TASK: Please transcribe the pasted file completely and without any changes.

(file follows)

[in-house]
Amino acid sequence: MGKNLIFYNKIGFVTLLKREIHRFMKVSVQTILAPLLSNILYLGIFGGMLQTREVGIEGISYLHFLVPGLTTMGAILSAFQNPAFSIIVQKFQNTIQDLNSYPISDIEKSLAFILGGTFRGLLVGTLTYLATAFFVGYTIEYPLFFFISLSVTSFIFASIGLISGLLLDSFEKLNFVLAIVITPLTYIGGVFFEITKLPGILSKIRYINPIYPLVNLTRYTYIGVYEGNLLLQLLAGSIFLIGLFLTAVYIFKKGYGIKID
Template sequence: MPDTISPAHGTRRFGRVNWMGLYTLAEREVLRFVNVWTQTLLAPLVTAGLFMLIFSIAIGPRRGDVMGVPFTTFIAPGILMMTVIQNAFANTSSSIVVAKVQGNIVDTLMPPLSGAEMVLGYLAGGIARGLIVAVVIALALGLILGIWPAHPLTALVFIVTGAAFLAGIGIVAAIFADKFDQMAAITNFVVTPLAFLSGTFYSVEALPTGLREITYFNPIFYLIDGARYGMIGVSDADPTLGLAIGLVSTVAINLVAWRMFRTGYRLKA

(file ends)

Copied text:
[in-house]
Amino acid sequence: MGKNLIFYNKIGFVTLLKREIHRFMKVSVQTILAPLLSNILYLGIFGGMLQTREVGIEGISYLHFLVPGLTTMGAILSAFQNPAFSIIVQKFQNTIQDLNSYPISDIEKSLAFILGGTFRGLLVGTLTYLATAFFVGYTIEYPLFFFISLSVTSFIFASIGLISGLLLDSFEKLNFVLAIVITPLTYIGGVFFEITKLPGILSKIRYINPIYPLVNLTRYTYIGVYEGNLLLQLLAGSIFLIGLFLTAVYIFKKGYGIKID
Template sequence: MPDTISPAHGTRRFGRVNWMGLYTLAEREVLRFVNVWTQTLLAPLVTAGLFMLIFSIAIGPRRGDVMGVPFTTFIAPGILMMTVIQNAFANTSSSIVVAKVQGNIVDTLMPPLSGAEMVLGYLAGGIARGLIVAVVIALALGLILGIWPAHPLTALVFIVTGAAFLAGIGIVAAIFADKFDQMAAITNFVVTPLAFLSGTFYSVEALPTGLREITYFNPIFYLIDGARYGMIGVSDADPTLGLAIGLVSTVAINLVAWRMFRTGYRLKA